Review Summary: I really don't enjoy studying glacial deposits.
The second album from French act Regarde les Hommes Tomber
, is as close to a perfect marriage of black metal and sludge metal as I've heard in years.
That statement is not without weight. It's been a pretty popular genre combination over the past few years, and groups like Entropia (PL)
, Inter Arma
, and Downfall of Gaia
have released some undeniably fantastic music recently. However, never before has this style felt as incredibly seamless as it does on Exile
. Blending different styles of metal in this manner often leads to somewhat scattershot, unconsolidated compositions in which a number of jarringly sharp transitions between different atmospheres and styles severely disrupt the flow of the song. To avoid the all-too-common analogies involving salads or blenders or any other kinds of food, think of it in geological terms. On one hand, you have poorly-sorted, unconsolidated sedimentary lithologies like those characteristic of glacial till. Clast sizes range from silt to boulders, roundness is all over the place, and the stuff is so crappy that you have to gather a sample in a bucket: in short, it's a steaming hot mess. On the other hand, certain extrusive igneous rocks manifest as beautifully homogenous blocks of solid dark rock. Looking at a section under a microscope or analyzing its geochemistry may reveal that it is the product of multiple bodies of magma mixing hundreds of kilometers beneath the surface, but the final product is a solid, cohesive thing that's far more than the sum of its parts. Also, you don't need a stupid bucket to sample it.
is the basalt to other bands' glacial till: you won't be needing any buckets here, folks. All that's required is a sledgehammer and some eye protection. Now, as forced and long-winded as that analogy may have been, I believe that it holds together**. The sophomore effort from Regarde les Hommes Tomber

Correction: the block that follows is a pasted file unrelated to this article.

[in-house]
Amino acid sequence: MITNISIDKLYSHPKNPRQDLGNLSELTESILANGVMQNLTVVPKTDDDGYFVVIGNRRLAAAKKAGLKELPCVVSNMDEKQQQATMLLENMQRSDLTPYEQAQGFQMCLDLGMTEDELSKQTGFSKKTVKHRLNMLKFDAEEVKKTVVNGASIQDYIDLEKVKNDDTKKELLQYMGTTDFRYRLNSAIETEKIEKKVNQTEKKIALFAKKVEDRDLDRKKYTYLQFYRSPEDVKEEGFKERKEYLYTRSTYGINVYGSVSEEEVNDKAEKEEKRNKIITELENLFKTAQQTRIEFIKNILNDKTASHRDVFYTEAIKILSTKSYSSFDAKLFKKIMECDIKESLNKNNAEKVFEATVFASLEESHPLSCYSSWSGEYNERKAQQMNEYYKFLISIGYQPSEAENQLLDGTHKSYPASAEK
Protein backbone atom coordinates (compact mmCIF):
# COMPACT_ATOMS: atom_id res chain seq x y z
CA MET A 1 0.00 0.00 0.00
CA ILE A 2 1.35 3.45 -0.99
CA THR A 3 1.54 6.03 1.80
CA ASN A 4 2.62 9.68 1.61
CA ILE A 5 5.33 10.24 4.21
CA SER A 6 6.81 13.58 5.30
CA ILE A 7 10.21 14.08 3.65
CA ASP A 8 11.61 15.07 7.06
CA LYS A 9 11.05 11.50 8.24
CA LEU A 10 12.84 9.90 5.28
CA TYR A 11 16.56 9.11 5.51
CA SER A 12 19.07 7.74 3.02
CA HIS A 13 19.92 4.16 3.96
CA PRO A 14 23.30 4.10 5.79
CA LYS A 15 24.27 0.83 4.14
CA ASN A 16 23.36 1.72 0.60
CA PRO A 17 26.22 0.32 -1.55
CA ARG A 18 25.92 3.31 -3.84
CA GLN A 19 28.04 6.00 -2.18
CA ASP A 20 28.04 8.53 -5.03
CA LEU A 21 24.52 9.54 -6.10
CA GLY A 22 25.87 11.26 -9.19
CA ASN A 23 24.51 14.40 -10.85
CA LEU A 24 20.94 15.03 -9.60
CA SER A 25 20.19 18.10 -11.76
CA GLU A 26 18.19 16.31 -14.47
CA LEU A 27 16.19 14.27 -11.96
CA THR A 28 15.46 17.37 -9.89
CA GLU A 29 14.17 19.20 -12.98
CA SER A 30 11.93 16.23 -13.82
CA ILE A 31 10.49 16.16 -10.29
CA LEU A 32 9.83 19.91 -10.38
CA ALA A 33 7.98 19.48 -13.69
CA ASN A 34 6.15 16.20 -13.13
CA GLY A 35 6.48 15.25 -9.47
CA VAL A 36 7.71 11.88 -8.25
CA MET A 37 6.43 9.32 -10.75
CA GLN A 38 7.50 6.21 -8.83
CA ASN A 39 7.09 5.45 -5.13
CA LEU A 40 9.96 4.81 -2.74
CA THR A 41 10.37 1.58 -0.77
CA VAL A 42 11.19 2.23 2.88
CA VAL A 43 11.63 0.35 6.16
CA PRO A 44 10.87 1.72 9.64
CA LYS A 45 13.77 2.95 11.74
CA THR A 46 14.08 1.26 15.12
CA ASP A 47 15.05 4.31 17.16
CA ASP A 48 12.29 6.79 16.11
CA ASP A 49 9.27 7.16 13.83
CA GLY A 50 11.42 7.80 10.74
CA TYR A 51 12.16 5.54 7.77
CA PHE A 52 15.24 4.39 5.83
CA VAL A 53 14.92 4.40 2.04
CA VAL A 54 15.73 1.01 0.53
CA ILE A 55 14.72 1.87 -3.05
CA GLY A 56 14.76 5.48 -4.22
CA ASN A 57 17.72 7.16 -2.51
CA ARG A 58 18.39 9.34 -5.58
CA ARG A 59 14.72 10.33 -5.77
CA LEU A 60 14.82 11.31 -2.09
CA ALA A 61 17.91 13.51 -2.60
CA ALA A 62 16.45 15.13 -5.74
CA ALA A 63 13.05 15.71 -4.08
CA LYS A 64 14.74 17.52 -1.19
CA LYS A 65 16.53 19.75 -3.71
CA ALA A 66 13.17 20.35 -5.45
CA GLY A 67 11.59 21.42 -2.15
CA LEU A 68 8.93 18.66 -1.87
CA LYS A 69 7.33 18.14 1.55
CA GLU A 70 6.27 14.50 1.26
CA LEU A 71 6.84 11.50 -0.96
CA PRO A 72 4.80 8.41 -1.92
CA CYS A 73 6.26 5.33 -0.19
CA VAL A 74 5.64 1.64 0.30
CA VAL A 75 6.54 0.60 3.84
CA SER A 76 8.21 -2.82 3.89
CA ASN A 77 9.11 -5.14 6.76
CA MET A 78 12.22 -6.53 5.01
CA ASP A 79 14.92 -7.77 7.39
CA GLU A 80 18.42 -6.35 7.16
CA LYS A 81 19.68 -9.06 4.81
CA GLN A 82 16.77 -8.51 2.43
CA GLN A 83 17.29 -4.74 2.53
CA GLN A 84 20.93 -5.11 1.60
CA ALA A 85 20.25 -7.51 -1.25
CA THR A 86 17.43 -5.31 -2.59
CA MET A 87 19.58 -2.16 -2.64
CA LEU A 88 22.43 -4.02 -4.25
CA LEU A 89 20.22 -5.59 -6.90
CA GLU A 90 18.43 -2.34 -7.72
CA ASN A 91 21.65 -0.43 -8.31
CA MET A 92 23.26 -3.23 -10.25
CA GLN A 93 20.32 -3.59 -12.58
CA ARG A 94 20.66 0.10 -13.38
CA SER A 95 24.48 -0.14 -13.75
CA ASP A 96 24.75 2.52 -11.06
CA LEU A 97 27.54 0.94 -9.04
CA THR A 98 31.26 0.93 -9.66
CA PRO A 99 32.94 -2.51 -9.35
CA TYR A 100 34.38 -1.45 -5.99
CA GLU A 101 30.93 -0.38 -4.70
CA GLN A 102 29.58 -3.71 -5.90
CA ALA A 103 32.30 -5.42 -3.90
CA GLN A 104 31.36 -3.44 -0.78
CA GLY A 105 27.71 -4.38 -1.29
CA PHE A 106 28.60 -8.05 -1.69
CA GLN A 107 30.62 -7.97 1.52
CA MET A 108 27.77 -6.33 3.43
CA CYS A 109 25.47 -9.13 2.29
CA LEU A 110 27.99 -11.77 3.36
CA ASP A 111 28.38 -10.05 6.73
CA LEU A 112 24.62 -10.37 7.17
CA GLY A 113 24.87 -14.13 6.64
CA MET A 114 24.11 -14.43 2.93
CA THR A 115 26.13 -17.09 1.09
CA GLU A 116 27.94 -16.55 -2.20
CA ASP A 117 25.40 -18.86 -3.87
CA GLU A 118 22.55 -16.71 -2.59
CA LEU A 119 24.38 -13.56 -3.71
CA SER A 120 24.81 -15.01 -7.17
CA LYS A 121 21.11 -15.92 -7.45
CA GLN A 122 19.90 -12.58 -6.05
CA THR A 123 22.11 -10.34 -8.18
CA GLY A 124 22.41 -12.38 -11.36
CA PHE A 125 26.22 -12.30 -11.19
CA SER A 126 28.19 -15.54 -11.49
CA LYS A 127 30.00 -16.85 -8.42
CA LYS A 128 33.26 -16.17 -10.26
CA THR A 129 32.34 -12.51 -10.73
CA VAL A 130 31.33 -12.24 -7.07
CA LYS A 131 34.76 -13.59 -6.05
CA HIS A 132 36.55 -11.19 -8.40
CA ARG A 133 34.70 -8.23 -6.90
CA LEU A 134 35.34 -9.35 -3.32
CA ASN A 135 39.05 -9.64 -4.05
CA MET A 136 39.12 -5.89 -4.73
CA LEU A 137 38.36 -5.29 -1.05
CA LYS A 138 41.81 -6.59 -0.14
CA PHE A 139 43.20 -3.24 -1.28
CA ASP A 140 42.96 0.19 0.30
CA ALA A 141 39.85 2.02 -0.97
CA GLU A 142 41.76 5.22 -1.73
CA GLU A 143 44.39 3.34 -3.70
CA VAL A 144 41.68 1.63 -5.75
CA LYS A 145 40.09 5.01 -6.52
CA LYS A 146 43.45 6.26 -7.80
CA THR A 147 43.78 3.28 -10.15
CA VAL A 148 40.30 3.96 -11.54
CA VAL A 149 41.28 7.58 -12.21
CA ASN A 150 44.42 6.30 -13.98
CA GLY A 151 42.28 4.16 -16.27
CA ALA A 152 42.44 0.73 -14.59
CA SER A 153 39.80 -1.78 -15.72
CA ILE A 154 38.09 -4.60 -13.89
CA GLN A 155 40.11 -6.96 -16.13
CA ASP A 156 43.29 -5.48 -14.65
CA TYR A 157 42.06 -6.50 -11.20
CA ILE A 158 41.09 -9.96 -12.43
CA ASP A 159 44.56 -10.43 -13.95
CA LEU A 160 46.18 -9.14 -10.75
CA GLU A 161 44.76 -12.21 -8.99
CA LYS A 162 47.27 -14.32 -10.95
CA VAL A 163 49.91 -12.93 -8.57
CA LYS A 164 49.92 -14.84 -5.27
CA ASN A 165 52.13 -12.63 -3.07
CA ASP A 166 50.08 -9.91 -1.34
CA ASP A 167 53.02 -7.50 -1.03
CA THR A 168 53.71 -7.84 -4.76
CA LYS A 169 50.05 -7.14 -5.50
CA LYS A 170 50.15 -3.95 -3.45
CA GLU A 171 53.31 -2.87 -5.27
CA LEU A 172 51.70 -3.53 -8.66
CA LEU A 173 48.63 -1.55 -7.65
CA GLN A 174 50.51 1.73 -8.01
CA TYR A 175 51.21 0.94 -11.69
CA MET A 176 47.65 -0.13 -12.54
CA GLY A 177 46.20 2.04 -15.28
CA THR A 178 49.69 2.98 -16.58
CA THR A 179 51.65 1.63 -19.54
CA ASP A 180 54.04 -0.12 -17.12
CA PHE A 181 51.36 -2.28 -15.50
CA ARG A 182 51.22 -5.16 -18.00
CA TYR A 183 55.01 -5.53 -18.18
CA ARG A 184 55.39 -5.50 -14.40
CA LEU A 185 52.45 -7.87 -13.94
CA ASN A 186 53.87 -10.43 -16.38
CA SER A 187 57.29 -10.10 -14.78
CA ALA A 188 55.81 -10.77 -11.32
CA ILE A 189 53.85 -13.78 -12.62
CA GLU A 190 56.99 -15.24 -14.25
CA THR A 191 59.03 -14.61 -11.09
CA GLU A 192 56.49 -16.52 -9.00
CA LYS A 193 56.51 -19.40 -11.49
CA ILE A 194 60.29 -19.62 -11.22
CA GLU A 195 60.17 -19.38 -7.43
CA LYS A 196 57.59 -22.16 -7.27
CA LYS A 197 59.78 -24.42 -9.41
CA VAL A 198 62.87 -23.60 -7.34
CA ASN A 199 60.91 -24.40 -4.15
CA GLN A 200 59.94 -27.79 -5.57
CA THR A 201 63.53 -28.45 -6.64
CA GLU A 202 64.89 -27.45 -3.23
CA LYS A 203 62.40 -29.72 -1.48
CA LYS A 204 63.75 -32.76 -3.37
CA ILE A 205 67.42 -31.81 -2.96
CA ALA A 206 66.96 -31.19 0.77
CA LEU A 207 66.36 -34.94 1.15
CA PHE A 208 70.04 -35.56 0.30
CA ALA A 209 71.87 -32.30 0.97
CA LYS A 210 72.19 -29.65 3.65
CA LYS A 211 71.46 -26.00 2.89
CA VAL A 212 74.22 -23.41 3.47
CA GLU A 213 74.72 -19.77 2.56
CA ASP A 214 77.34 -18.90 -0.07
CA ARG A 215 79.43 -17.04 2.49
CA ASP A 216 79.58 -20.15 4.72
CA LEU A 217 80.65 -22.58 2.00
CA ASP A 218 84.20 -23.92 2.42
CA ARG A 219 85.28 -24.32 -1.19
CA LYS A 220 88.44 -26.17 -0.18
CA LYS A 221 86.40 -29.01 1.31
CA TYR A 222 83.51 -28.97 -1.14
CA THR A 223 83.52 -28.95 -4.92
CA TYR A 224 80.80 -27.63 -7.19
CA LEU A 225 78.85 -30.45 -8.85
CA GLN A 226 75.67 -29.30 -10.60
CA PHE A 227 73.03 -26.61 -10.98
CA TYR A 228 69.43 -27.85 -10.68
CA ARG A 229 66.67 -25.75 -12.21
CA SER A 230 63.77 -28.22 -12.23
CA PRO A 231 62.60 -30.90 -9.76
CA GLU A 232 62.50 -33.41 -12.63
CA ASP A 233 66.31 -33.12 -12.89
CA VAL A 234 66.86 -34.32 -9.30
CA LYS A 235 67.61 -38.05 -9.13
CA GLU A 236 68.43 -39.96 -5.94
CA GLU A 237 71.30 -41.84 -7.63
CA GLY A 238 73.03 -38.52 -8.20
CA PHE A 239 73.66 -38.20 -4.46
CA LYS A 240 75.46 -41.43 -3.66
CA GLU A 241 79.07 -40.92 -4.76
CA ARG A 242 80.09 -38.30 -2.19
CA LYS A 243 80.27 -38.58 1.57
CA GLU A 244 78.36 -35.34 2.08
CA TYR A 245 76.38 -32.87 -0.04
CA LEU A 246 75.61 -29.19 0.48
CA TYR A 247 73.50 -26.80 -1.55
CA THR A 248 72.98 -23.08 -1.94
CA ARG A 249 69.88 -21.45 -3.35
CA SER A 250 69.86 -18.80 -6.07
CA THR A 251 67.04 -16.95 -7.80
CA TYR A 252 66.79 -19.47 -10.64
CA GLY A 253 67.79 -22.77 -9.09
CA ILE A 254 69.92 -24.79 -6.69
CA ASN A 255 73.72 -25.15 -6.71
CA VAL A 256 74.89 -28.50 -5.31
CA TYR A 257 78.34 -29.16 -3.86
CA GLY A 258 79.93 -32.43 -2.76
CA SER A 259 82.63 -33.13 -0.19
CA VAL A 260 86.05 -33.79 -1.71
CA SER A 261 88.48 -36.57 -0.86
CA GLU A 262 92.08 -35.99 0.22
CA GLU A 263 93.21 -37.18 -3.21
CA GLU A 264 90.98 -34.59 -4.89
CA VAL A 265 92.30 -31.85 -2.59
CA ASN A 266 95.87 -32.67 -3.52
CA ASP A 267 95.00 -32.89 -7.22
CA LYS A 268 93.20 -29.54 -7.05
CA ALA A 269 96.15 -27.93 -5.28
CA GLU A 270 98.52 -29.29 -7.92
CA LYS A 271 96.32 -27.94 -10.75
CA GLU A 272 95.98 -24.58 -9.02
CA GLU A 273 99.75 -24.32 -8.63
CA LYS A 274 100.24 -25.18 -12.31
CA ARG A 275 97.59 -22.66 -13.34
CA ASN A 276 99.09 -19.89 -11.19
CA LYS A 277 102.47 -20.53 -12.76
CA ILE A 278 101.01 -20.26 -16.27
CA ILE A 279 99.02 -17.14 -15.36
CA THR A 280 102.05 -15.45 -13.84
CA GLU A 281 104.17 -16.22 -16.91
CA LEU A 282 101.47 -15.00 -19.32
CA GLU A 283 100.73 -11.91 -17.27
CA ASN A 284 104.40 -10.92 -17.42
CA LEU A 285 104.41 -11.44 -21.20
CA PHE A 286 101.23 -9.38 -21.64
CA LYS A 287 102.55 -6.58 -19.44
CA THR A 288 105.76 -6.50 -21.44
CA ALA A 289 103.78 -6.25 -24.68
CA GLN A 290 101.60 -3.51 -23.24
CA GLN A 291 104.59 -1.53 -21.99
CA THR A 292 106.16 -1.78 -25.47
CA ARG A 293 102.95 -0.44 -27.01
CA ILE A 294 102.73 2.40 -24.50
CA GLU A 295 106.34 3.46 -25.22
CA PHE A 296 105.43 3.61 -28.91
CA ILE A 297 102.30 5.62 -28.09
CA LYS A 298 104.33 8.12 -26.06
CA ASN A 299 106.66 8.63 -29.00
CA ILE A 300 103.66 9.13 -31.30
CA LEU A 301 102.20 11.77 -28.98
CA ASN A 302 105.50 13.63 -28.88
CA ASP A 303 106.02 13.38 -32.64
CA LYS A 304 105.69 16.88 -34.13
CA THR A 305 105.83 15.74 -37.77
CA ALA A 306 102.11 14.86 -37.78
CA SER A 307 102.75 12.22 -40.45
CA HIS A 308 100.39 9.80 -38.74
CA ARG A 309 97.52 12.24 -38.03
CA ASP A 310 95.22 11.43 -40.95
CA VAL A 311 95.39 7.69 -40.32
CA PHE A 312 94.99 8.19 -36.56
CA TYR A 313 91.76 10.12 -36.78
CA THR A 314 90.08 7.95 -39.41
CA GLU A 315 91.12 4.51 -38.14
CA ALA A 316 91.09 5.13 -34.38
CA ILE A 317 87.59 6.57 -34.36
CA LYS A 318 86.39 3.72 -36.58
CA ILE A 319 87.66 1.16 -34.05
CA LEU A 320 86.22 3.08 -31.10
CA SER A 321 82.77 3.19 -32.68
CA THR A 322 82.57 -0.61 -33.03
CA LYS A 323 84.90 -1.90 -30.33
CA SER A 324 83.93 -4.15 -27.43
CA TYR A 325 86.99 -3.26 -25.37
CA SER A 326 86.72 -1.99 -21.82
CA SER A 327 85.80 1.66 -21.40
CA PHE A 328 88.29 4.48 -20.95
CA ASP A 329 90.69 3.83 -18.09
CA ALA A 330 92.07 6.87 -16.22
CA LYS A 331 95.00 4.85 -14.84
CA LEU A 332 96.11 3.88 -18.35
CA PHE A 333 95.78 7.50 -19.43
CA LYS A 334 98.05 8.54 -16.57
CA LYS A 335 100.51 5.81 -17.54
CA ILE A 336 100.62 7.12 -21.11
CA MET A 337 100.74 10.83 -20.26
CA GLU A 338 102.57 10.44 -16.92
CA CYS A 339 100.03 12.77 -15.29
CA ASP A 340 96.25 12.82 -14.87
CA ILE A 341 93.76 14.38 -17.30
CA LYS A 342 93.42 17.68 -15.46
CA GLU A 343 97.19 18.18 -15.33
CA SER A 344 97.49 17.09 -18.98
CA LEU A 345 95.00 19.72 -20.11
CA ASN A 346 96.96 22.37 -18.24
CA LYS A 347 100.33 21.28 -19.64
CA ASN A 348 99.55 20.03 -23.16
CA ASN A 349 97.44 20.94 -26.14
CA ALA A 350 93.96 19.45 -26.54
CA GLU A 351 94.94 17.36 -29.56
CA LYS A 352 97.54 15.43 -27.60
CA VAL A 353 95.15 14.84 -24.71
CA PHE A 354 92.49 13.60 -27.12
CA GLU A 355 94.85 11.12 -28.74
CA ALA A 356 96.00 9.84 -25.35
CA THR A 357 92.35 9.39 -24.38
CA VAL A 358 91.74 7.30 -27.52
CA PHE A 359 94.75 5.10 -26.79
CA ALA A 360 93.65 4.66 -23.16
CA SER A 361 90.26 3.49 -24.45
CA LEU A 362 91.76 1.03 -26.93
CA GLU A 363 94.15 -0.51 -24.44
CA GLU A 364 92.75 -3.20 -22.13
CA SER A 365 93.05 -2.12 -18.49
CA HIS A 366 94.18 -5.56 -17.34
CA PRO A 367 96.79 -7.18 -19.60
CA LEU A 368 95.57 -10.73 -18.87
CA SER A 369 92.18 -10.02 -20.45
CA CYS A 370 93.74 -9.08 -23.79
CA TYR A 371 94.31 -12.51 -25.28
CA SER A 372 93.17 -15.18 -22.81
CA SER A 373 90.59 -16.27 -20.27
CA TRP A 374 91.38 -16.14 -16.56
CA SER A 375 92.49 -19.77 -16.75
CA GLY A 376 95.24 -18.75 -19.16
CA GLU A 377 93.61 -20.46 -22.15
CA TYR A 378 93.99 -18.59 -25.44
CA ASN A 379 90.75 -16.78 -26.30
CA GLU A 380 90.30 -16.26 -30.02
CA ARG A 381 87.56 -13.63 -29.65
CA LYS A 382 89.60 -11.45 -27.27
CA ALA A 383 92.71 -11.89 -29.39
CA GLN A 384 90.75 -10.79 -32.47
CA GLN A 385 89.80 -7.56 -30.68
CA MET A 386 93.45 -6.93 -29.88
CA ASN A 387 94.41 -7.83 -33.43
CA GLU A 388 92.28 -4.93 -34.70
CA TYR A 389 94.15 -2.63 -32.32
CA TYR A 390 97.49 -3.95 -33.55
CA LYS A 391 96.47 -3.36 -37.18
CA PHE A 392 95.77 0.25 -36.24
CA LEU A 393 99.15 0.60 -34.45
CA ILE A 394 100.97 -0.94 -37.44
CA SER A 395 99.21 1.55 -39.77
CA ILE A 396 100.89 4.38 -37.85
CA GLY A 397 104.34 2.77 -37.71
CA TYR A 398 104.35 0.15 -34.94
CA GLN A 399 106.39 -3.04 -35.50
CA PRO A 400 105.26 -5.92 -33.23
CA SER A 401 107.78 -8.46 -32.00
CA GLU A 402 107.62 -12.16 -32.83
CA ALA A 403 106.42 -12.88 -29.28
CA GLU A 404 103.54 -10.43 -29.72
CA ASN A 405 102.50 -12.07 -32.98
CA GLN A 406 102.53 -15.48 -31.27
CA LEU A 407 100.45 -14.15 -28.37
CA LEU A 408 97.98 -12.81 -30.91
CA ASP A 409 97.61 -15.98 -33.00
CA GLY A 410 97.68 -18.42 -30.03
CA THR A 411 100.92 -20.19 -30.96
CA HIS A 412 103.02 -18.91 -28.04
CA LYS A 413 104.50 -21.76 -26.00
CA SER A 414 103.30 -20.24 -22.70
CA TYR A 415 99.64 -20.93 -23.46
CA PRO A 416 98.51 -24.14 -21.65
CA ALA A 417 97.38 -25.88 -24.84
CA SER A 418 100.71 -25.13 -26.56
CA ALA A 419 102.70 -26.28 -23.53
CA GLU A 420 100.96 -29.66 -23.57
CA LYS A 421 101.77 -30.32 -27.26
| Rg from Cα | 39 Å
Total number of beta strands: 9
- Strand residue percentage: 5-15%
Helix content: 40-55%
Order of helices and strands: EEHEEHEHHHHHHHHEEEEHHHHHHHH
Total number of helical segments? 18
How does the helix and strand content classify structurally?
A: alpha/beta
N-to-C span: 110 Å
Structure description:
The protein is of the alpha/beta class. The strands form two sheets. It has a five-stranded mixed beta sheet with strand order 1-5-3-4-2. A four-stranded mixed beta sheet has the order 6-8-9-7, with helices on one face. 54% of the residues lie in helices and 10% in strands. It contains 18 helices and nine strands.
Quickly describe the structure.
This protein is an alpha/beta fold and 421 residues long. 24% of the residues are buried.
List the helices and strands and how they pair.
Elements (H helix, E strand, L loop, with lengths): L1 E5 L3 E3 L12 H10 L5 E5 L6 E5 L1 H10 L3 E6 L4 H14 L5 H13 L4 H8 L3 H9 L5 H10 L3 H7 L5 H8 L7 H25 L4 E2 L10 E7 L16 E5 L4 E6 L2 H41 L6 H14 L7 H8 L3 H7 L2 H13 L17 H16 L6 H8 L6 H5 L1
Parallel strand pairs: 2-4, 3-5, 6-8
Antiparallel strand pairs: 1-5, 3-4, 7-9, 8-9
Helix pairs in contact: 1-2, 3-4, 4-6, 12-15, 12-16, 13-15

as seamless and consistent as the most homogeneous, boring basalt flow I've ever seen in its blend of black metal and sludge metal. The second track, 'A Sheep Among the Wolves," might be the best evidence of this there is. Furious, blast beat-heavy black metal transitions into a skull-crushing drop-tuned riff and then into a brooding atmospheric section and back, and not once does the song feel like it was haphazardly thrown together by inexperienced musicians. Rather, that song – and the rest of Exile
– was crafted by a band whose ideas are indisputably matched by their songwriting abilities.
Every influence shines through the album's notably fantastic production without overpowering the others. Are you a fan of the pitch black rage of Hexis
? Have you ever marveled at the expansive song structures and atmospherics of early Altar of Plagues
? Do the earth-shattering grooves of Thou
get you going? Exile
has all three – and more – in spades. The guitars are simultaneously buzzsaws and sledgehammers, the bass crunches and crushes, the drums wreck everything in their path, and the vocals are like a beautiful, unholy marriage of the wails of Gris
and the impassioned shrieks of Altar of Plagues
. It's one of the darkest, well-written, and most unrelenting things I've heard this year, and if you have any affection for any of the styles represented therein you owe it to yourself to give Exile
**Unlike glacial till.